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Thursday, October 20, 2011

What Chinese Unemployment?

"There is gold in them thar hills!"

Occasionally we read in various columns of mainstream journalists that the Chinese have shot themselves in the foot when they (in violence of Friedmanite precepts) failed to revalue their currency upwards. The world will retaliate by imposing punitive tariffs, creating horrible unemployment in China and causing civil unrest.
These journalists should be careful in making wishes, because they may just get what they've wished for. One of these days China may open its mint to gold and silver, setting the example to Asia and the Muslim world and, possibly, to South America. Other countries may follow suit. That will be the ultimate revaluation that restores trade relations to normalcy, at least in that part of the world that returns to the gold standard.

There was a time when unemployment "insurance" and other forms of dole were unknown in the United States. That was during the time when the country was on the gold standard and deflation meant an increase in the value (purchasing power) of gold. Whenever this happened, the battle cry inevitably was: "There is gold in them thar hills," and people who had lost their jobs typically went out prospecting and panning for gold. Panning for gold always gave them an income and a chance to save some capital. The country did very well, thank you very much, with this "natural unemployment insurance." The bottom line was: More gold for the economy. More gold cured the disease – deflation – and soon things were back to normal. Unemployment did not have a chance to become "structural."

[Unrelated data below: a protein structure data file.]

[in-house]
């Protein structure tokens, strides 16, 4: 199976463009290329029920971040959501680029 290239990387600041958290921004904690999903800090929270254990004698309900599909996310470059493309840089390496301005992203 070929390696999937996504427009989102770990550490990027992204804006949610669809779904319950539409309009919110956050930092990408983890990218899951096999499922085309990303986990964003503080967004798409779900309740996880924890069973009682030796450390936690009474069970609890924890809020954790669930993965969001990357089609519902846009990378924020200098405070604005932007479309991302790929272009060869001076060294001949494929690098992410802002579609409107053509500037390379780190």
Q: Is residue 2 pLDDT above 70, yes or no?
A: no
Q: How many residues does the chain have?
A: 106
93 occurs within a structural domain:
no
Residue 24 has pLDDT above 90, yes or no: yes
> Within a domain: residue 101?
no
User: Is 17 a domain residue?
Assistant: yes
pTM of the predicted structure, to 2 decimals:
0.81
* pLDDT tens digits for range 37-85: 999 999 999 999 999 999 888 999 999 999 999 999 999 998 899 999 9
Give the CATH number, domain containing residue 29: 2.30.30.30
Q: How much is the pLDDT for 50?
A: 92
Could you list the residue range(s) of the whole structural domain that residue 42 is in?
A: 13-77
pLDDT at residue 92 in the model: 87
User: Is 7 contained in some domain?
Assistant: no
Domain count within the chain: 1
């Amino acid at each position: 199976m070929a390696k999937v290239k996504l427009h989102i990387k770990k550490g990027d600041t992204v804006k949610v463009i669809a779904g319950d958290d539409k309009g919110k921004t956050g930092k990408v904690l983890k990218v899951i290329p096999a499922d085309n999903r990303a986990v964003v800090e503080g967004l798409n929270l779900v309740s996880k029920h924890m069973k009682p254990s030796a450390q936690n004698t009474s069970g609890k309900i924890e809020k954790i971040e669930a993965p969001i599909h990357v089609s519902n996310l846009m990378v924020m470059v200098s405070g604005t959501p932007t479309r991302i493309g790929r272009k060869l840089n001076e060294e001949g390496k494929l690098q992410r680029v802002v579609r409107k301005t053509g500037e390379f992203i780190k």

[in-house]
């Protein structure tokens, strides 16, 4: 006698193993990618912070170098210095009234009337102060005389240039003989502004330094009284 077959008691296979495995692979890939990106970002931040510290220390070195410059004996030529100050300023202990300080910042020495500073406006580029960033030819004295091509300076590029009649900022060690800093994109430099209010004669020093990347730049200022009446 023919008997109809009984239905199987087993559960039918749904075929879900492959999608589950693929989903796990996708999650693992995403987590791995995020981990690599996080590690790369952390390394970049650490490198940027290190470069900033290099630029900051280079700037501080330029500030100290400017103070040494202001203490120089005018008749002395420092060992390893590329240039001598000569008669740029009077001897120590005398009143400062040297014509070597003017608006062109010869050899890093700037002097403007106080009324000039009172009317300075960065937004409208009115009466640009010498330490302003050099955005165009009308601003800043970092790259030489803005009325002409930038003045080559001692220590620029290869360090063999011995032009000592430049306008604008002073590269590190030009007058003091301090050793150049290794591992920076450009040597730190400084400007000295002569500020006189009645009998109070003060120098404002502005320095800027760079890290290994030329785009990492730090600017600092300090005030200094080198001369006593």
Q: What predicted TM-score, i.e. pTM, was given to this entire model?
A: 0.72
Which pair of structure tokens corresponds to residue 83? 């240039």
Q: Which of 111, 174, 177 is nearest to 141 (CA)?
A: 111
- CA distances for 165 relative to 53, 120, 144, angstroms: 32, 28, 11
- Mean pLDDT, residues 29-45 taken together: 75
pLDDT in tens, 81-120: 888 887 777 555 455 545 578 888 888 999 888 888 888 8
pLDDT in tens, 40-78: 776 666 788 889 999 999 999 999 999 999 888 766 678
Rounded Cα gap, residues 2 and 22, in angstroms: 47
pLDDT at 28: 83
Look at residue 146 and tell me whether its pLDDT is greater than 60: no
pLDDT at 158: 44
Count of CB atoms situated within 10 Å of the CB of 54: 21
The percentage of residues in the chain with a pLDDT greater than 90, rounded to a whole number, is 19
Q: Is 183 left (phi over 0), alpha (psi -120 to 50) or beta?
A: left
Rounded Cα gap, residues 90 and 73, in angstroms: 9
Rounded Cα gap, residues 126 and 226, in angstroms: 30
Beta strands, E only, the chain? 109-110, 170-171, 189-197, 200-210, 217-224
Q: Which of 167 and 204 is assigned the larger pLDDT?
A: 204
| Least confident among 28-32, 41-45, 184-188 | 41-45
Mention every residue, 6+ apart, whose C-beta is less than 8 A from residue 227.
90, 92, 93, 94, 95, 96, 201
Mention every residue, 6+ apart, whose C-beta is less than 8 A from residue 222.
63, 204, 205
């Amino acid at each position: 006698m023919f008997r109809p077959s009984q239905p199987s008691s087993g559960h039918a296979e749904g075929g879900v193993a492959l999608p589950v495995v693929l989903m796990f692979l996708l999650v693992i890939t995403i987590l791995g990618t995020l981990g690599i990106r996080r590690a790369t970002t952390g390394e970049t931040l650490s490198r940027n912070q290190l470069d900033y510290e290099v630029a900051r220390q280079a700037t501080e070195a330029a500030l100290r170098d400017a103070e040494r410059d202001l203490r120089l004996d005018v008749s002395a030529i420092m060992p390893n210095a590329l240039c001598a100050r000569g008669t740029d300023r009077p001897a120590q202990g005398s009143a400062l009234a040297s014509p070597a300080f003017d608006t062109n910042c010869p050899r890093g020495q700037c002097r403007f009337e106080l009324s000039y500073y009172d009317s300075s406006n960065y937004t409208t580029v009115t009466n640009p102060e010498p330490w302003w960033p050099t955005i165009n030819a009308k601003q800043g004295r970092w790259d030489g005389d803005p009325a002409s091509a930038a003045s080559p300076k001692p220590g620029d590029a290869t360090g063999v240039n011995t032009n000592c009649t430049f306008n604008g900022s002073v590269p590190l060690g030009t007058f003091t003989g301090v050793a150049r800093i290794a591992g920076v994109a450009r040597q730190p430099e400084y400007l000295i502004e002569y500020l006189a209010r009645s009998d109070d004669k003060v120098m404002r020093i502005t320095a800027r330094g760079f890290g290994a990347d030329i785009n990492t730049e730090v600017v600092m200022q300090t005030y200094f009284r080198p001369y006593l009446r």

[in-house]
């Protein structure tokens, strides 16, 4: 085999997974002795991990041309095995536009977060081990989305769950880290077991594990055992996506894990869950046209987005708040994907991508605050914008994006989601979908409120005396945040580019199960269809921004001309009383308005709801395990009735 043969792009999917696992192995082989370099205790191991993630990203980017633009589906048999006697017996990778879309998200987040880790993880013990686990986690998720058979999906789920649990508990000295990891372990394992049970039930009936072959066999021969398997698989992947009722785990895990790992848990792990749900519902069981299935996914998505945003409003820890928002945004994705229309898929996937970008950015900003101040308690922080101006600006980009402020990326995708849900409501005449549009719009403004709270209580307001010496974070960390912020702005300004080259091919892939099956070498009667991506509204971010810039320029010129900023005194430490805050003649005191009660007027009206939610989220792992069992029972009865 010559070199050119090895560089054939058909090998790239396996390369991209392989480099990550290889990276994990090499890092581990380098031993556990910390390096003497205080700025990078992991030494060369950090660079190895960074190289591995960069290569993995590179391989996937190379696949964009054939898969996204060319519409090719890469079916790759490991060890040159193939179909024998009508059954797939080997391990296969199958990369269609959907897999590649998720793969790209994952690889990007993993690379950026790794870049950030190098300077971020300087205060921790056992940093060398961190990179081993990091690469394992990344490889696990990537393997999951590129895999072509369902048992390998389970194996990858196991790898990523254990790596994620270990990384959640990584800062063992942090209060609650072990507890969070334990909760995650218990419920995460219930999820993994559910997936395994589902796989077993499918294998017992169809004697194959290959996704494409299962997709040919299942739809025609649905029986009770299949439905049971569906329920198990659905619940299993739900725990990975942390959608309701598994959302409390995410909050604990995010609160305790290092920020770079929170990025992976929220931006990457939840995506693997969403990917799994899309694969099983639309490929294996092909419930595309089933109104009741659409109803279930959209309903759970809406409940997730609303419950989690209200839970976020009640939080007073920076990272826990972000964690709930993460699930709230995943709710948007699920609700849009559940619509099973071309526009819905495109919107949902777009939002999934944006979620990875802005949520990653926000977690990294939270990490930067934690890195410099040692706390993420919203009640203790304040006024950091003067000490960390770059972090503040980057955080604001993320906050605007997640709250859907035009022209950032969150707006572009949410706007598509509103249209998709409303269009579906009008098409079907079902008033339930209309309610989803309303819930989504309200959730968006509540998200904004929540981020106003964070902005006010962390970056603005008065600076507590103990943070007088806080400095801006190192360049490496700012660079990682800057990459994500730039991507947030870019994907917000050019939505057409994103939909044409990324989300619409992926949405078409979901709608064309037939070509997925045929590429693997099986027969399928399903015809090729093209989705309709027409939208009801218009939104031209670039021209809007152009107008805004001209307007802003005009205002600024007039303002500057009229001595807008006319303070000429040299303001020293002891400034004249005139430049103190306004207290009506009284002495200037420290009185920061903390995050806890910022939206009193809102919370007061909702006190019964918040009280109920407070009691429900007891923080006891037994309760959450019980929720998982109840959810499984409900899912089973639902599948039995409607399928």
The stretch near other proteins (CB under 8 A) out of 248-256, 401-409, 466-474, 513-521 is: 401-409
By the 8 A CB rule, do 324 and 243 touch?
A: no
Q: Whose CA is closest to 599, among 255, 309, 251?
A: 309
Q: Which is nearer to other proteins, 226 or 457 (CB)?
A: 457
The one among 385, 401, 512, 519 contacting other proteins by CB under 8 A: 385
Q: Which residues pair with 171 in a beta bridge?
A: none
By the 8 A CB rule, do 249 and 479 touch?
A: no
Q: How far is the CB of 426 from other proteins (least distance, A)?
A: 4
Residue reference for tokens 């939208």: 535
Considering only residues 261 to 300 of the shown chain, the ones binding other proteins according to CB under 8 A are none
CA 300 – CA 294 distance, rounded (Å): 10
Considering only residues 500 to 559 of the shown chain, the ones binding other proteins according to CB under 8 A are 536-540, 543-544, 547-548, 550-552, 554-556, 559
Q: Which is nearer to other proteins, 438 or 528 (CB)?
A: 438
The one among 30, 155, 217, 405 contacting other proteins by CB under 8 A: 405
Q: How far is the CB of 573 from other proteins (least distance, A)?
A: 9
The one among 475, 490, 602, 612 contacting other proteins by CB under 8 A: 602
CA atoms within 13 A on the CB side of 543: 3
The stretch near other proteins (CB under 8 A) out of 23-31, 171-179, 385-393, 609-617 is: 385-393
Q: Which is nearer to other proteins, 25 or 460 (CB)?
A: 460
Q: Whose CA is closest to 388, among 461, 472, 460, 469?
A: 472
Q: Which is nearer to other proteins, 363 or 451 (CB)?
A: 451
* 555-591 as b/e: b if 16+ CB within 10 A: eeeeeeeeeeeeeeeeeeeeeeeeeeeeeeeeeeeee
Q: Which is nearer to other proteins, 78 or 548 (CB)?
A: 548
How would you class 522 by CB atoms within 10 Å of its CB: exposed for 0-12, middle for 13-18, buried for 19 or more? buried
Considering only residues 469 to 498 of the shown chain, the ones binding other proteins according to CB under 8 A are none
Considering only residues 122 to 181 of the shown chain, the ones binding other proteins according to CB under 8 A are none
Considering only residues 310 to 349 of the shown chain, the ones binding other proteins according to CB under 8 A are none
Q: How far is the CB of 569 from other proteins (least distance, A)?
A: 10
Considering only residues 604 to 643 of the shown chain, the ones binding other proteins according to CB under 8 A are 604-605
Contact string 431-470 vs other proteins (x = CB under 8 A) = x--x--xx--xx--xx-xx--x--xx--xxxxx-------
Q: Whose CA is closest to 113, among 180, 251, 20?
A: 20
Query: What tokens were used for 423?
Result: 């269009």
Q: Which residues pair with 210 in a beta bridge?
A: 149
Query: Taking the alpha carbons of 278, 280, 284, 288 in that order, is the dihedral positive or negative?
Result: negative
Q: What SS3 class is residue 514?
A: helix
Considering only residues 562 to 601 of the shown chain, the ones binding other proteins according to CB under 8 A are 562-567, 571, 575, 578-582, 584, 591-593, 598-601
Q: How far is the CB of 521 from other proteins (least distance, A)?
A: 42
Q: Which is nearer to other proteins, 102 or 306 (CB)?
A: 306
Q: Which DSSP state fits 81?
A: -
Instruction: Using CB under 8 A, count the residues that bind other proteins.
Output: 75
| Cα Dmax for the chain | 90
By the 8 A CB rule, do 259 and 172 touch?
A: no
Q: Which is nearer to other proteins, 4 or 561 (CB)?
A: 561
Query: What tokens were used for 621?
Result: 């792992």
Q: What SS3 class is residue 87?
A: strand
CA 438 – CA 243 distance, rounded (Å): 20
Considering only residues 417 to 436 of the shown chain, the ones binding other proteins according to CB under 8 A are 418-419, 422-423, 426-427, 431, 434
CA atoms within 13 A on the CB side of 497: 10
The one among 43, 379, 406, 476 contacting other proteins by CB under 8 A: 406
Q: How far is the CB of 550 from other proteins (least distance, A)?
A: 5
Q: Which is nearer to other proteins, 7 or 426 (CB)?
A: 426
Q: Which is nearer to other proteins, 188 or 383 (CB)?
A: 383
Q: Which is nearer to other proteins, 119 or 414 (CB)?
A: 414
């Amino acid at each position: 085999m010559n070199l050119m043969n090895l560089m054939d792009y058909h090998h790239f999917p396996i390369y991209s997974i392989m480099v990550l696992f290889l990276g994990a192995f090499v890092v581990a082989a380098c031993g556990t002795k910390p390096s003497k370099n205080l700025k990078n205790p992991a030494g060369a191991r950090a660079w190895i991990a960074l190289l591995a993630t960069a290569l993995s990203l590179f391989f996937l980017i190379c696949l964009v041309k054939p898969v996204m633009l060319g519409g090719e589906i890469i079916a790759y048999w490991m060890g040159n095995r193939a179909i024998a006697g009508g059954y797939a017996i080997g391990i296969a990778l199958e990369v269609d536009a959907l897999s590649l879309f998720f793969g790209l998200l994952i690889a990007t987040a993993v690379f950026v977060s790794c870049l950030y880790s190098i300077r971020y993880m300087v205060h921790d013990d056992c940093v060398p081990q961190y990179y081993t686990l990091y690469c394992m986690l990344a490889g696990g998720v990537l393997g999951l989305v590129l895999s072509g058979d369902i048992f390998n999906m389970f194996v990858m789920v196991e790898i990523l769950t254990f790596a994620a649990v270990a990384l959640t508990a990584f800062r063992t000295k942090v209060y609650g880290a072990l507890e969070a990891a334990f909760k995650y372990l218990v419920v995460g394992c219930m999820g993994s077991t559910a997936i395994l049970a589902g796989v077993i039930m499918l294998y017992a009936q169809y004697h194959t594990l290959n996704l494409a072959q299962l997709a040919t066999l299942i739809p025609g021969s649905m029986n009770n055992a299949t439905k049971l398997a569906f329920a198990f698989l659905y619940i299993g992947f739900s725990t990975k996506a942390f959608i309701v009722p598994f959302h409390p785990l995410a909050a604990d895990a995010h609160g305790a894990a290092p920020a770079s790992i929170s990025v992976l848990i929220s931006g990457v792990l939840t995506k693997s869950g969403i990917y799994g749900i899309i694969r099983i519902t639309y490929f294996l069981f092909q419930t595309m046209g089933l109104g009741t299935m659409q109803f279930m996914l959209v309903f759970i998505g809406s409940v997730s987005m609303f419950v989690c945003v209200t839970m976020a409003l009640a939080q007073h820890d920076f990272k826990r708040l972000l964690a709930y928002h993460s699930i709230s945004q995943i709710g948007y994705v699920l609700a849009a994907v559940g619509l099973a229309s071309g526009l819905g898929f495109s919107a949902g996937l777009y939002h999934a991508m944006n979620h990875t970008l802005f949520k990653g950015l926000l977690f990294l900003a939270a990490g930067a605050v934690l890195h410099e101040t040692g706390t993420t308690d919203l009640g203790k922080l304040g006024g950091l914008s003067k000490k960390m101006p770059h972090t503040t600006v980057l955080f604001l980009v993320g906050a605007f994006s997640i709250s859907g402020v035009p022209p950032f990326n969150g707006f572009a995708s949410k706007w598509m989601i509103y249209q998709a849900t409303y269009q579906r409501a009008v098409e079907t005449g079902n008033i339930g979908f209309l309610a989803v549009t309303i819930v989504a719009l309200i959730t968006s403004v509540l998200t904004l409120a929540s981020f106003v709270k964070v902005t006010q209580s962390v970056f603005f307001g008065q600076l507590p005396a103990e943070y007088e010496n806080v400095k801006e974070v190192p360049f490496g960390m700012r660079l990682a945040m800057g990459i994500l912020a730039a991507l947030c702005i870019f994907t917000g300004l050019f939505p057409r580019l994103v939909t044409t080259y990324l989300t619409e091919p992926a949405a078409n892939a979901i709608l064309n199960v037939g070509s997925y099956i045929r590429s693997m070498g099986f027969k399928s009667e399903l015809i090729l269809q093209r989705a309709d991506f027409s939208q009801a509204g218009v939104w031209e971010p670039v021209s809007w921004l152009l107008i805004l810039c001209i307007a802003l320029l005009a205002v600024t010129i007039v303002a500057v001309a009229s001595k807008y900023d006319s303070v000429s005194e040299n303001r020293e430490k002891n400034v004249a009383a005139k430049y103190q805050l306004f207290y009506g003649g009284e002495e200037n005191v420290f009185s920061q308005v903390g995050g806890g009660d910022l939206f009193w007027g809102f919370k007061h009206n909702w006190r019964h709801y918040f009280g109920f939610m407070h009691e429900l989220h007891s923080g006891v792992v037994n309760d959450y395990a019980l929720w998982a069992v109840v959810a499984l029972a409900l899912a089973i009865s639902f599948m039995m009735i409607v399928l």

Of course, given the present anti-gold mindset – as seen in the thinking of the Fed and the government – today large-scale prospecting for gold is prevented in the name of "protecting the environment." Keynesian economists say that they have the perfect substitute for more gold coming to the economy; namely, printed paper money, which also has the advantage that you can fine-tune its creation from a central control panel, the central bank. What they forget is that their "ersatz" gold is highly counter-productive. Rather than easing the debt problem plaguing the economy, they make it worse thereby perpetuating, even aggravating, the unemployment situation.


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